- The Washington Times - Thursday, April 2, 2009

BEIJING (AP) - Police have detained the director of a Chinese hospital where at least 64 people were infected with the potentially deadly liver disease hepatitis C after receiving transfusions from blood collected illegally, state media reported.

The infections were discovered in September after a patient who had received a transfusion during an operation tested positive for the disease, the Xinhua News Agency reported Wednesday.

The hospital in the southwestern city of Pingtang traced the transfusion to a donor in another province who had sold as many as 42 pints (20 liters) of blood to the hospital from 1998 to 2002.

Further tests showed that by Tuesday, 64 patients had been infected with hepatitis C through blood transfusions from the donor, who was a hepatitis C carrier, the report said.

Xinhua said director Li Changhe was detained on suspicion of illegally collecting and providing blood.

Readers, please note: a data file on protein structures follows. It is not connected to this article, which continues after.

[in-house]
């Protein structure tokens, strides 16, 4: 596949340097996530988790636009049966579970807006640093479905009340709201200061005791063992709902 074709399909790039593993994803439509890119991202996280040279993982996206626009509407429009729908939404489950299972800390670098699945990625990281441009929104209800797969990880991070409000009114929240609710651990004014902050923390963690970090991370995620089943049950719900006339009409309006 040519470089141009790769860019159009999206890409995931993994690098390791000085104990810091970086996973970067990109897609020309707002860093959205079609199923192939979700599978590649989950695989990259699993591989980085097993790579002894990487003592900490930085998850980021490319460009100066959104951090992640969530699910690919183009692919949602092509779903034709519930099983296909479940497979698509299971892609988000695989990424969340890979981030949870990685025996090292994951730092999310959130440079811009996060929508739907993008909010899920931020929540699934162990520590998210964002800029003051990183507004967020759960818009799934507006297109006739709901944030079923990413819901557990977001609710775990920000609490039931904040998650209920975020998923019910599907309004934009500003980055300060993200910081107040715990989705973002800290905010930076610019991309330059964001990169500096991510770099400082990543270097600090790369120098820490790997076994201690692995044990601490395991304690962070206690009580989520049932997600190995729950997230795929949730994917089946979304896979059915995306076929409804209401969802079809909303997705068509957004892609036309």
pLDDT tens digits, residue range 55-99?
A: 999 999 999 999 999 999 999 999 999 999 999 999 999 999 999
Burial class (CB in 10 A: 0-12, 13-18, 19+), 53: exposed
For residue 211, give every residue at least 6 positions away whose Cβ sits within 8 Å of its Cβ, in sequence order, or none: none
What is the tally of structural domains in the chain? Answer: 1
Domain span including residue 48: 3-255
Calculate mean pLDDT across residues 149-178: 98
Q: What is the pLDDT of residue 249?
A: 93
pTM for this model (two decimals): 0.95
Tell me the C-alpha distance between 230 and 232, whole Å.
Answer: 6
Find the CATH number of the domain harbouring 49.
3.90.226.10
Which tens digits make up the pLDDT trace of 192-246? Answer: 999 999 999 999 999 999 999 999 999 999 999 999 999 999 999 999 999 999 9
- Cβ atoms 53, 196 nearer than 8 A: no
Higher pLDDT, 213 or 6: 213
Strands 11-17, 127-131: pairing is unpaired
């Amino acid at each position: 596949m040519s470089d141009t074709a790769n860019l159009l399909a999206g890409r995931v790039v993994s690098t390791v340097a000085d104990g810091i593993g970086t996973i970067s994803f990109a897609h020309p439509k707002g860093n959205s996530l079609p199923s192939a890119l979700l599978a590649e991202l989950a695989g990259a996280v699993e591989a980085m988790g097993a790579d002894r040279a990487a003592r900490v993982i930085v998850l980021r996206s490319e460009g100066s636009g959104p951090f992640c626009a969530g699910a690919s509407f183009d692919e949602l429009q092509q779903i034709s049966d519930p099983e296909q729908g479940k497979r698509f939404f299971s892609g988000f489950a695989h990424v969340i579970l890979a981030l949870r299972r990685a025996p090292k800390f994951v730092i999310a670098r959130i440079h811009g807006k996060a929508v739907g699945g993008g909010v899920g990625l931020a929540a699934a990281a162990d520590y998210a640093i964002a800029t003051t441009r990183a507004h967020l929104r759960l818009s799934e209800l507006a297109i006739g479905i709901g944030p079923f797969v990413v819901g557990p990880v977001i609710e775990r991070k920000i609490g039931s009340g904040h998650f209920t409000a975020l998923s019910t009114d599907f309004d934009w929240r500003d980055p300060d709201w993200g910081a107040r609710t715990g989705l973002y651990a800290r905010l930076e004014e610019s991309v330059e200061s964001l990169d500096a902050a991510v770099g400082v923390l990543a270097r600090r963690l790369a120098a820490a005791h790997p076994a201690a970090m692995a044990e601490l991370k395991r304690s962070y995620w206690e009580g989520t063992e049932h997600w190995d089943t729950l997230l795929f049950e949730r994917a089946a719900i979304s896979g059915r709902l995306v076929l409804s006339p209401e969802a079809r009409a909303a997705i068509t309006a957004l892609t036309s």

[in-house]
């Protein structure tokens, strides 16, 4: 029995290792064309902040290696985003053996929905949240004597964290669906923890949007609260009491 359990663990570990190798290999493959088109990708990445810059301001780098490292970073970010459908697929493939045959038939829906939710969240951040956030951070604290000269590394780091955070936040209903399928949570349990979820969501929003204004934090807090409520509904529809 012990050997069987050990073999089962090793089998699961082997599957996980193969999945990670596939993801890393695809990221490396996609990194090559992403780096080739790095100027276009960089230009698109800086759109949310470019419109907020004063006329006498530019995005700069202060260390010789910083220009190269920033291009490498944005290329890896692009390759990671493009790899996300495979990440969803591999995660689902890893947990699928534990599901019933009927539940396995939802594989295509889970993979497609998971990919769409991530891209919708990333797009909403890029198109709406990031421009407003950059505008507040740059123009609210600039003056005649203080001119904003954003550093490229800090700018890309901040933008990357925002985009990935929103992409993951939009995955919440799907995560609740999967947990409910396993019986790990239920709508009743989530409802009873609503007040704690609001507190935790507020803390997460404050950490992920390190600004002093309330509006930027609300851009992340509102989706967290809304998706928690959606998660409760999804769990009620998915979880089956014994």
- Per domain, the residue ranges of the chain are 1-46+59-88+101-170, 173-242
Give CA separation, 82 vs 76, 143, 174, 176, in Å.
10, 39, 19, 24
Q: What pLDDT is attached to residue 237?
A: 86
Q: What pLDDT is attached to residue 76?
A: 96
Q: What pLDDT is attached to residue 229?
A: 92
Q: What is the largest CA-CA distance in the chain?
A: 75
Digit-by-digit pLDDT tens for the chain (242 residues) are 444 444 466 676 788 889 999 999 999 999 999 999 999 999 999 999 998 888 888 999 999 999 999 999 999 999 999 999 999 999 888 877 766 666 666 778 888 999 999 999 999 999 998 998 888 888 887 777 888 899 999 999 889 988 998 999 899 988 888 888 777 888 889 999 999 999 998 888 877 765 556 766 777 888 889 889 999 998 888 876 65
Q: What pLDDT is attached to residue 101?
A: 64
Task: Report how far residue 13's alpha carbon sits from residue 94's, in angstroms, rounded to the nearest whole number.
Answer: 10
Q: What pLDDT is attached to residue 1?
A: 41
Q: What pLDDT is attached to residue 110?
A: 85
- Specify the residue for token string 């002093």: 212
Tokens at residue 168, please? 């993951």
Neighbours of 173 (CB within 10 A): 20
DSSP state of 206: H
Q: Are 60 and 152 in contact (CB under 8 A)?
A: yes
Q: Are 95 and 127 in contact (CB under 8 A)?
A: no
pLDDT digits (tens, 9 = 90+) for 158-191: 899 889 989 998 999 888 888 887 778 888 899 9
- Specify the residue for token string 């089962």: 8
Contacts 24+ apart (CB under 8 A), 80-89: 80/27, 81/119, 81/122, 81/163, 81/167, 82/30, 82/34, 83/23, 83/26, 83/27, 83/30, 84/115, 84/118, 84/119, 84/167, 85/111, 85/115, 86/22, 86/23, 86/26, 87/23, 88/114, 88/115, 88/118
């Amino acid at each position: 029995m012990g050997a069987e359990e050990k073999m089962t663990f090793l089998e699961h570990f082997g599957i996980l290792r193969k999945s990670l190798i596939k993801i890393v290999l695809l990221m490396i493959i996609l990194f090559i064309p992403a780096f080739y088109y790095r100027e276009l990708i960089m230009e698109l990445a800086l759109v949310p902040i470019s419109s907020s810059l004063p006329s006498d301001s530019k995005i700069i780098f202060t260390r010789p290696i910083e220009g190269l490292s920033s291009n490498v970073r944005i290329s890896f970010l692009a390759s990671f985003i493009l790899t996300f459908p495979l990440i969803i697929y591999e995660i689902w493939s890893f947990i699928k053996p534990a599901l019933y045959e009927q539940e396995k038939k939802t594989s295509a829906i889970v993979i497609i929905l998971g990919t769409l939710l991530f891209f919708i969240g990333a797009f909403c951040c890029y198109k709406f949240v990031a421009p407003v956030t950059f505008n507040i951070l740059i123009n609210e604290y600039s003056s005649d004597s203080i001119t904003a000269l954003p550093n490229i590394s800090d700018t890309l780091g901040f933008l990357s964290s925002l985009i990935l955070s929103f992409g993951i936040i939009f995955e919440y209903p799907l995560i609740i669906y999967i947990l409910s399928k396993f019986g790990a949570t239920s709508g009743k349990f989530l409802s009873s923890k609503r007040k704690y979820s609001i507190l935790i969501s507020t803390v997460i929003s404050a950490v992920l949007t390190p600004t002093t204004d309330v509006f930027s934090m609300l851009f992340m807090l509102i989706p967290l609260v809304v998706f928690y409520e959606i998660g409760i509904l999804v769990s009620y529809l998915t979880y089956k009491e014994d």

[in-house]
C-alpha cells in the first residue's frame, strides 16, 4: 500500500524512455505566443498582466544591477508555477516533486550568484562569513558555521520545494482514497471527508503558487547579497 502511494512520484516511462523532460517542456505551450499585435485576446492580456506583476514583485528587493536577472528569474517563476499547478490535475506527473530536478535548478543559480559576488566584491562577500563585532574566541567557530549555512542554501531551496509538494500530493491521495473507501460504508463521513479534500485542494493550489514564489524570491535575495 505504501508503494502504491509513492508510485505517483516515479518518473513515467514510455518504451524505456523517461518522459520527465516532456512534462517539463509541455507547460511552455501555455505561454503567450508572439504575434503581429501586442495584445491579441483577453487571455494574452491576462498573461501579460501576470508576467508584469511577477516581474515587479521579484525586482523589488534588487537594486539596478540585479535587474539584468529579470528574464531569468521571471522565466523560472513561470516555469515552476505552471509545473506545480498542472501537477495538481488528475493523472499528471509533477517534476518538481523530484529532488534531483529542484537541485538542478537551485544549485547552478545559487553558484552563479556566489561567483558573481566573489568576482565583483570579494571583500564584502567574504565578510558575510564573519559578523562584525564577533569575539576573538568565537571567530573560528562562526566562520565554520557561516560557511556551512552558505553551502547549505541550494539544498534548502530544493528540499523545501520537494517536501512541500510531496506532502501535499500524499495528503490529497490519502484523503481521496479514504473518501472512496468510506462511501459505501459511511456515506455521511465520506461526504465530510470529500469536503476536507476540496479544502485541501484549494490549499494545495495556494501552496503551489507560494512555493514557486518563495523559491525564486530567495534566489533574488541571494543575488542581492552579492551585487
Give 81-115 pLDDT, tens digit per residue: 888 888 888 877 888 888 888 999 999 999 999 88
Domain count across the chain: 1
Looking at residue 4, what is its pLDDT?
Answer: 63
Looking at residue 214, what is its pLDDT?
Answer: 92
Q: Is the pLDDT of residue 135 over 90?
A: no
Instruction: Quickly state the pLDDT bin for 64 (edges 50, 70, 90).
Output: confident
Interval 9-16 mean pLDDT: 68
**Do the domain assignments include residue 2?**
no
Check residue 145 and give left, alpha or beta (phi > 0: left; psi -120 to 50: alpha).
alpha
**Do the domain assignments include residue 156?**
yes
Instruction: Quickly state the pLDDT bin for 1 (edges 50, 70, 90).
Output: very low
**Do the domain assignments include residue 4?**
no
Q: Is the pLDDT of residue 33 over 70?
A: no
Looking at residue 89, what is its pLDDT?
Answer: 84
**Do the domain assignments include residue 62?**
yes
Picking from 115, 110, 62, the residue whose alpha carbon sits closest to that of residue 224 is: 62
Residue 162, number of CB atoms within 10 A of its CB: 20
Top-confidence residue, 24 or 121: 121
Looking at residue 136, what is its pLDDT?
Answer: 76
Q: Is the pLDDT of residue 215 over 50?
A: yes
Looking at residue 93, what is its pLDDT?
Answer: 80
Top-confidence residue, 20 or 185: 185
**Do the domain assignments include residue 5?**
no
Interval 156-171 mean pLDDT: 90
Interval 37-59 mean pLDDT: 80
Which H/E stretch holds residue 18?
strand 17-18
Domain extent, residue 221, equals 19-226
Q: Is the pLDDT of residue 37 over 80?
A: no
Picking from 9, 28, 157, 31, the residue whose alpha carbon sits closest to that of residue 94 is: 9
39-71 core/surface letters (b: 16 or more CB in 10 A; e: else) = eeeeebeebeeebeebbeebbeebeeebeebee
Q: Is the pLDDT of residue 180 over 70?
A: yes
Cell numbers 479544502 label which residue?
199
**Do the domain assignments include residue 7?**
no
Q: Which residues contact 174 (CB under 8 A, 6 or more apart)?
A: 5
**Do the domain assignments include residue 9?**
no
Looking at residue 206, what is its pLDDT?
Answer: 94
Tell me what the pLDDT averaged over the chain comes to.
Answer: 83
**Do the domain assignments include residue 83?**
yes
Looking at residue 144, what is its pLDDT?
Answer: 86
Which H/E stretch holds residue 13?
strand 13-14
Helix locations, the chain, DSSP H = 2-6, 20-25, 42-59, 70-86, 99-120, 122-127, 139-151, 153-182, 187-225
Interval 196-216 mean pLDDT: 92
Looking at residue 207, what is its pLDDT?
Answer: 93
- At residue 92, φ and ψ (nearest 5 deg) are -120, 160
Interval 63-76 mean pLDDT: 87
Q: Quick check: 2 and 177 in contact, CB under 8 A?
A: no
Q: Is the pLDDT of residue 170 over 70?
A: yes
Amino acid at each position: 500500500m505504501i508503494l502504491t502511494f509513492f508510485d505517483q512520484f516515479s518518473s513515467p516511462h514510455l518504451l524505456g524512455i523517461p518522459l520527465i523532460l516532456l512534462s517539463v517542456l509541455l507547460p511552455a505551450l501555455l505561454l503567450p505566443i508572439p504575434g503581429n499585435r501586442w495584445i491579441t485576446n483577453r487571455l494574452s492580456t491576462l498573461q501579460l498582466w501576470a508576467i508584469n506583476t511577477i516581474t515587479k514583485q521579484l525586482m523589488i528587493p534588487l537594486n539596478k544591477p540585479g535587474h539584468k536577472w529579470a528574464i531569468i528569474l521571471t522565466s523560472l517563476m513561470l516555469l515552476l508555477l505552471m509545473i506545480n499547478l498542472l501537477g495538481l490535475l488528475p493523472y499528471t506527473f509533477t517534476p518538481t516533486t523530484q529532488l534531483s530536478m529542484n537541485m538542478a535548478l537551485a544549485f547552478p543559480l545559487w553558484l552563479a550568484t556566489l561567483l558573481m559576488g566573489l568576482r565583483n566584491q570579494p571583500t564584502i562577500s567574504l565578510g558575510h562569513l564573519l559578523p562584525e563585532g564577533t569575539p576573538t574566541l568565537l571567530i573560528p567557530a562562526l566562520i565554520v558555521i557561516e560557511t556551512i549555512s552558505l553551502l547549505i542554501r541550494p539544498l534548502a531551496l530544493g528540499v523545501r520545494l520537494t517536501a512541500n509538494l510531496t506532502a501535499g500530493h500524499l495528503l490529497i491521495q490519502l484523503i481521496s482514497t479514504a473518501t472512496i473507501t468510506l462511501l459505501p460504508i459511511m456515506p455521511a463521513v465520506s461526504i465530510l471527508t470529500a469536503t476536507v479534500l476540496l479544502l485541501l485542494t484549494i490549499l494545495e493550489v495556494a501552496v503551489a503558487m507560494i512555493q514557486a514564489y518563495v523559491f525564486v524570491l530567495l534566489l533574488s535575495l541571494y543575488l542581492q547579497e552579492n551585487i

A woman who answered the phone at the hospital on Thursday said no one was available to comment. Police in Pingtang said they were not authorized to speak to the media and referred questions to the county government, where calls rang unanswered.

Hepatitis C results in the swelling of the liver and can cause stomach pain, fatigue and jaundice. It may eventually result in liver failure. Even when no symptoms occur, the virus can slowly damage the liver.

China’s rules on blood collection were tightened following revelations that blood-buying rings were responsible for infecting thousands of people with HIV in rural areas of central China during the mid-1990s.

Last year, China said agents who collect or supply blood that causes at least five people to contract AIDS, hepatitis B, hepatitis C or syphilis, or that leads to severe anemia or organ malfunction, could face 10 years to life in prison.

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